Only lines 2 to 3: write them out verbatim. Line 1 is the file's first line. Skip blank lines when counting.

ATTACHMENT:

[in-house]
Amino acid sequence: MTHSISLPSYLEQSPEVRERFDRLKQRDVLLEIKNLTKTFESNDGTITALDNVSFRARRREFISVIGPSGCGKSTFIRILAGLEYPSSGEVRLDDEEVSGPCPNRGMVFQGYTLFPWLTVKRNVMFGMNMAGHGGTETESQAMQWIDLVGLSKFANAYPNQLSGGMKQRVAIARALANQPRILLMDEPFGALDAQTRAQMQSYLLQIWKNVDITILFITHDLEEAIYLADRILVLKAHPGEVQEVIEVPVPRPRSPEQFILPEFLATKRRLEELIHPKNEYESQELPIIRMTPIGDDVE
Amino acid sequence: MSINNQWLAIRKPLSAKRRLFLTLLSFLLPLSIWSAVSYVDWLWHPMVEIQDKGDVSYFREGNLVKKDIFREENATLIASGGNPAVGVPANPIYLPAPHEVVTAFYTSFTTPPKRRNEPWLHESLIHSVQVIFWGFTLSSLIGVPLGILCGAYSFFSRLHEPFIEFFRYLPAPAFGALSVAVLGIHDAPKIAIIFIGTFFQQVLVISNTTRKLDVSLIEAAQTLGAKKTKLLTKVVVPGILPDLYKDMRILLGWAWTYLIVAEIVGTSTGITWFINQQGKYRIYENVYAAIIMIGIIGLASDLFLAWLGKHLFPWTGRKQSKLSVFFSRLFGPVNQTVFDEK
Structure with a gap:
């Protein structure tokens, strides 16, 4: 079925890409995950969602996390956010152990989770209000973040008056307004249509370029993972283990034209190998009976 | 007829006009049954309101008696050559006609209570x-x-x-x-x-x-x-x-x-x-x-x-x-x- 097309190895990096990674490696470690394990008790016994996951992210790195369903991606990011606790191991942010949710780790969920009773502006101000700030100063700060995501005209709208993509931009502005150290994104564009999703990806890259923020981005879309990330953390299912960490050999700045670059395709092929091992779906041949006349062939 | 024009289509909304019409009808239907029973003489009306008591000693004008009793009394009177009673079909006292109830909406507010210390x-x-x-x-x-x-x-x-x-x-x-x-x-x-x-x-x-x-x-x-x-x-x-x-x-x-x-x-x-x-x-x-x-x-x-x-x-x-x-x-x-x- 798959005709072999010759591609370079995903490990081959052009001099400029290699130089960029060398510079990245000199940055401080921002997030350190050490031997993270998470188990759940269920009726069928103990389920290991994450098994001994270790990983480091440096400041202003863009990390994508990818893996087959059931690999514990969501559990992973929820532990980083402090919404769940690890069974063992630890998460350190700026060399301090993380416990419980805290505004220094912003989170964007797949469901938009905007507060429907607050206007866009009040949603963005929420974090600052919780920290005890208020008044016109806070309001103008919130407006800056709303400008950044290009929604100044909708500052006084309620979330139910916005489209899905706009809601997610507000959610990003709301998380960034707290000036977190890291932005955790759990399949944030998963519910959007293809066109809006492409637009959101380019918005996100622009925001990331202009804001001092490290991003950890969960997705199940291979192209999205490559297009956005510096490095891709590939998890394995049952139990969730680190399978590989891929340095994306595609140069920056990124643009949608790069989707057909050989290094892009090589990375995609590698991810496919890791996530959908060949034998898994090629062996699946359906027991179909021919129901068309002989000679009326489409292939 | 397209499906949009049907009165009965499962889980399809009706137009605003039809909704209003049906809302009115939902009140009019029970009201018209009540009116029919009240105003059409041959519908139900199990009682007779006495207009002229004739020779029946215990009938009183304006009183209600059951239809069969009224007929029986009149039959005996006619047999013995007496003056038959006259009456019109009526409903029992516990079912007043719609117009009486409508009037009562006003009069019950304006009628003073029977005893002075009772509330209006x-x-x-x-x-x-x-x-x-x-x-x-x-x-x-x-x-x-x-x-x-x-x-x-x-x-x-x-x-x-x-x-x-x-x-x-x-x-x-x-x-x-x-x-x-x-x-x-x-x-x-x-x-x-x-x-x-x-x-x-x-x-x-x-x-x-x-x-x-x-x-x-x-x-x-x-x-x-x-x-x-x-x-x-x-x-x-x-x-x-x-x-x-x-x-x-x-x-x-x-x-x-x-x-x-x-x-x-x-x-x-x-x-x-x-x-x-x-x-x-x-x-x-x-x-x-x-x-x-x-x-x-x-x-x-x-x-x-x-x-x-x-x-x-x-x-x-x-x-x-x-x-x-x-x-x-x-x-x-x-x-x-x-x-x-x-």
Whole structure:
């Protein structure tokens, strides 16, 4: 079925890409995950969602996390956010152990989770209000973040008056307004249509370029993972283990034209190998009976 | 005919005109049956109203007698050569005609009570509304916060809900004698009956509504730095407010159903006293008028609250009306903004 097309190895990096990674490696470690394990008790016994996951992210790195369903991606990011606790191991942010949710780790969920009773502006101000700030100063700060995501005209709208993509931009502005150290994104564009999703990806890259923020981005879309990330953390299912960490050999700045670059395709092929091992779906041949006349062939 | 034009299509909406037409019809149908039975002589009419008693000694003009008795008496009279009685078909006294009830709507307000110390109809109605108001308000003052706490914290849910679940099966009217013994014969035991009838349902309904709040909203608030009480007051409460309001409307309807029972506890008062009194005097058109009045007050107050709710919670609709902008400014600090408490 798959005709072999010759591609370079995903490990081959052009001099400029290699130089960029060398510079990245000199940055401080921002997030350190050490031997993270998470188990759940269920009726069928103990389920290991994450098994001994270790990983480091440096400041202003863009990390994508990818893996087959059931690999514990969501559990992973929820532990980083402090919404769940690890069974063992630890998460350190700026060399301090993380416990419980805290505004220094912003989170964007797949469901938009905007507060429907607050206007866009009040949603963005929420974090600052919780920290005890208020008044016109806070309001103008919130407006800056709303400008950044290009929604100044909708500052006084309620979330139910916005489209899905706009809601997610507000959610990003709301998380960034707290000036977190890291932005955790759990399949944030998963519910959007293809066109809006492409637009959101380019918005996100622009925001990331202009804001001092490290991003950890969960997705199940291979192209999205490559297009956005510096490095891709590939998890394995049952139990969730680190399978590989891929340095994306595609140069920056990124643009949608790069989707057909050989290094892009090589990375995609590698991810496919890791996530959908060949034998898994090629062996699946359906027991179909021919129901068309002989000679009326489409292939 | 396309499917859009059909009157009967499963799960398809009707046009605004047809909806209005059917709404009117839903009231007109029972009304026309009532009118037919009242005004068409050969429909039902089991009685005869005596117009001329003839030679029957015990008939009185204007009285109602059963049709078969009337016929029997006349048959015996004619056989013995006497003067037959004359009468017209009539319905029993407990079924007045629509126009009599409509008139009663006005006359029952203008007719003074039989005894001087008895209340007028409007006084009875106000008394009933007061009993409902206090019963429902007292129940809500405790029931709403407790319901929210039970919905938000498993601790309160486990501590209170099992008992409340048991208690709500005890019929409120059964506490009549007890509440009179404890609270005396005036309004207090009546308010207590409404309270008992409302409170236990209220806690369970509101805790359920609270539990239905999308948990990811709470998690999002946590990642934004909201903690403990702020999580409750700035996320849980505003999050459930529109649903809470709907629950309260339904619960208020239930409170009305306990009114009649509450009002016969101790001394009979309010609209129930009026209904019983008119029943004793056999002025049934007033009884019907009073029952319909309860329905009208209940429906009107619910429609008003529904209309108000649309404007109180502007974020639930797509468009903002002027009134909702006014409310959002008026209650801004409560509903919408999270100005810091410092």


Amino acid sequence: MTHSISLPSYLEQSPEVRERFDRLKQRDVLLEIKNLTKTFESNDGTITALDNVSFRARRREFISVIGPSGCGKSTFIRILAGLEYPSSGEVRLDDEEVSGPCPNRGMVFQGYTLFPWLTVKRNVMFGMNMAGHGGTETESQAMQWIDLVGLSKFANAYPNQLSGGMKQRVAIARALANQPRILLMDEPFGALDAQTRAQMQSYLLQIWKNVDITILFITHDLEEAIYLADRILVLKAHPGEVQEVIEVPVPRPRSPEQFILPEFLATKRRLEELIHPKNEYESQELPIIRMTPIGDDVE
Amino acid sequence: MSINNQWLAIRKPLSAKRRLFLTLLSFLLPLSIWSAVSYVDWLWHPMVEIQDKGDVSYFREGNLVKKDIFREENATLIASGGNPAVGVPANPIYLPAPHEVVTAFYTSFTTPPKRRNEPWLHESLIHSVQVIFWGFTLSSLIGVPLGILCGAYSFFSRLHEPFIEFFRYLPAPAFGALSVAVLGIHDAPKIAIIFIGTFFQQVLVISNTTRKLDVSLIEAAQTLGAKKTKLLTKVVVPGILPDLYKDMRILLGWAWTYLIVAEIVGTSTGITWFINQQGKYRIYENVYAAIIMIGIIGLASDLFLAWLGKHLFPWTGRKQSKLSVFFSRLFGPVNQTVFDEK